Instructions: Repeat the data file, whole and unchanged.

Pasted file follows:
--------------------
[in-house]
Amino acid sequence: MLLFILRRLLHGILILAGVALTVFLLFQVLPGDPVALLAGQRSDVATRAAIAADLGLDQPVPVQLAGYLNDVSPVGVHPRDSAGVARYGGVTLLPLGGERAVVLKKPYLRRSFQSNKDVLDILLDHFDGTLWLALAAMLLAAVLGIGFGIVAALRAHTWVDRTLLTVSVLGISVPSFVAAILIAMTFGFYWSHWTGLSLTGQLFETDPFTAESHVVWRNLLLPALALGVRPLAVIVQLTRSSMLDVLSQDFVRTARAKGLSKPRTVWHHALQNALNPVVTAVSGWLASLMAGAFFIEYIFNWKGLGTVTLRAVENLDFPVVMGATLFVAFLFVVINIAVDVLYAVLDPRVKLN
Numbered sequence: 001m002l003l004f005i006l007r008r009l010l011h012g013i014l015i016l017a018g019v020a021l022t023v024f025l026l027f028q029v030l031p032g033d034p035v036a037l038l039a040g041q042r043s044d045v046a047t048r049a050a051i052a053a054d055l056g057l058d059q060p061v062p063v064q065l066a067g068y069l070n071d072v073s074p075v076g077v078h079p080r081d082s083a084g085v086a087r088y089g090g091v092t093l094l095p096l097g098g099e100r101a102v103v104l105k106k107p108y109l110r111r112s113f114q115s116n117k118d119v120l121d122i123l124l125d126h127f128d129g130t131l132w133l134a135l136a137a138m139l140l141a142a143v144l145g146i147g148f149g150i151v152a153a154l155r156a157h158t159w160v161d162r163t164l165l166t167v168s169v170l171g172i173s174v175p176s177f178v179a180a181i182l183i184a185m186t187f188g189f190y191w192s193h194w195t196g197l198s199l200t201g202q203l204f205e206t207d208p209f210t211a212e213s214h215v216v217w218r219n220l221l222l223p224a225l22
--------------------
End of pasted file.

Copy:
[in-house]
Amino acid sequence: MLLFILRRLLHGILILAGVALTVFLLFQVLPGDPVALLAGQRSDVATRAAIAADLGLDQPVPVQLAGYLNDVSPVGVHPRDSAGVARYGGVTLLPLGGERAVVLKKPYLRRSFQSNKDVLDILLDHFDGTLWLALAAMLLAAVLGIGFGIVAALRAHTWVDRTLLTVSVLGISVPSFVAAILIAMTFGFYWSHWTGLSLTGQLFETDPFTAESHVVWRNLLLPALALGVRPLAVIVQLTRSSMLDVLSQDFVRTARAKGLSKPRTVWHHALQNALNPVVTAVSGWLASLMAGAFFIEYIFNWKGLGTVTLRAVENLDFPVVMGATLFVAFLFVVINIAVDVLYAVLDPRVKLN
Numbered sequence: 001m002l003l004f005i006l007r008r009l010l011h012g013i014l015i016l017a018g019v020a021l022t023v024f025l026l027f028q029v030l031p032g033d034p035v036a037l038l039a040g041q042r043s044d045v046a047t048r049a050a051i052a053a054d055l056g057l058d059q060p061v062p063v064q065l066a067g068y069l070n071d072v073s074p075v076g077v078h079p080r081d082s083a084g085v086a087r088y089g090g091v092t093l094l095p096l097g098g099e100r101a102v103v104l105k106k107p108y109l110r111r112s113f114q115s116n117k118d119v120l121d122i123l124l125d126h127f128d129g130t131l132w133l134a135l136a137a138m139l140l141a142a143v144l145g146i147g148f149g150i151v152a153a154l155r156a157h158t159w160v161d162r163t164l165l166t167v168s169v170l171g172i173s174v175p176s177f178v179a180a181i182l183i184a185m186t187f188g189f190y191w192s193h194w195t196g197l198s199l200t201g202q203l204f205e206t207d208p209f210t211a212e213s214h215v216v217w218r219n220l221l222l223p224a225l22